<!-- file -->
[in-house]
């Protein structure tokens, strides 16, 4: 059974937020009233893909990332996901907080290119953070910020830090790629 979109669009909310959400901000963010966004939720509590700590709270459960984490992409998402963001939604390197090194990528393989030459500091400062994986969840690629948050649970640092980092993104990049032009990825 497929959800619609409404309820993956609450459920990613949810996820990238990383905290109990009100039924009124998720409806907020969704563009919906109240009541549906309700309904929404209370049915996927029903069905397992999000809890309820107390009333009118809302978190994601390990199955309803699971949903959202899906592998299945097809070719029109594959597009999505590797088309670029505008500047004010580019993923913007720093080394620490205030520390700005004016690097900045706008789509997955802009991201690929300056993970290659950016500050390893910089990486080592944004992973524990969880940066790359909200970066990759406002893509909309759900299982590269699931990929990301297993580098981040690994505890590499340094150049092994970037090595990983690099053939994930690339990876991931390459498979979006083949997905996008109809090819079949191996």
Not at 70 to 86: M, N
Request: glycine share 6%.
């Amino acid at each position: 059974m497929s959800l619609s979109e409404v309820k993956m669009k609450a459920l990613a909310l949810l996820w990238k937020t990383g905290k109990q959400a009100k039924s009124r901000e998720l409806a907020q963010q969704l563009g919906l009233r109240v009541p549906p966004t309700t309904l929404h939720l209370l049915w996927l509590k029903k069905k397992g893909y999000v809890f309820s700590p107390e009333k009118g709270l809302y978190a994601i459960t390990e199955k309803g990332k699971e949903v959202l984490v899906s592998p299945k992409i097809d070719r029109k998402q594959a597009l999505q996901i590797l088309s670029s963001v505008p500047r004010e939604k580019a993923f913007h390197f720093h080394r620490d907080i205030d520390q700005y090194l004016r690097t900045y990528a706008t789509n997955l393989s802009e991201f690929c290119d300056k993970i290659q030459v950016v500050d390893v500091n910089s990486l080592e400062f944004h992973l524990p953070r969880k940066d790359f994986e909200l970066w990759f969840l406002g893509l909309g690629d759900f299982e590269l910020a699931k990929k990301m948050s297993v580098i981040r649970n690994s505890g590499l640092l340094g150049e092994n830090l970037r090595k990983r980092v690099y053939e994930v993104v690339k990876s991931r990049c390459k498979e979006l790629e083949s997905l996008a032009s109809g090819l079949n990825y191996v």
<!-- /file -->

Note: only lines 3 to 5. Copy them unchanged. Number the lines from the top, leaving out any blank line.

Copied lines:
Not at 70 to 86: M, N
Request: glycine share 6%.
């Amino acid at each position: 059974m497929s959800l619609s979109e409404v309820k993956m669009k609450a459920l990613a909310l949810l996820w990238k937020t990383g905290k109990q959400a009100k039924s009124r901000e998720l409806a907020q963010q969704l563009g919906l009233r109240v009541p549906p966004t309700t309904l929404h939720l209370l049915w996927l509590k029903k069905k397992g893909y999000v809890f309820s700590p107390e009333k009118g709270l809302y978190a994601i459960t390990e199955k309803g990332k699971e949903v959202l984490v899906s592998p299945k992409i097809d070719r029109k998402q594959a597009l999505q996901i590797l088309s670029s963001v505008p500047r004010e939604k580019a993923f913007h390197f720093h080394r620490d907080i205030d520390q700005y090194l004016r690097t900045y990528a706008t789509n997955l393989s802009e991201f690929c290119d300056k993970i290659q030459v950016v500050d390893v500091n910089s990486l080592e400062f944004h992973l524990p953070r969880k940066d790359f994986e909200l970066w990759f969840l406002g893509l909309g690629d759900f299982e590269l910020a699931k990929k990301m948050s297993v580098i981040r649970n690994s505890g590499l640092l340094g150049e092994n830090l970037r090595k990983r980092v690099y053939e994930v993104v690339k990876s991931r990049c390459k498979e979006l790629e083949s997905l996008a032009s109809g090819l079949n990825y191996v």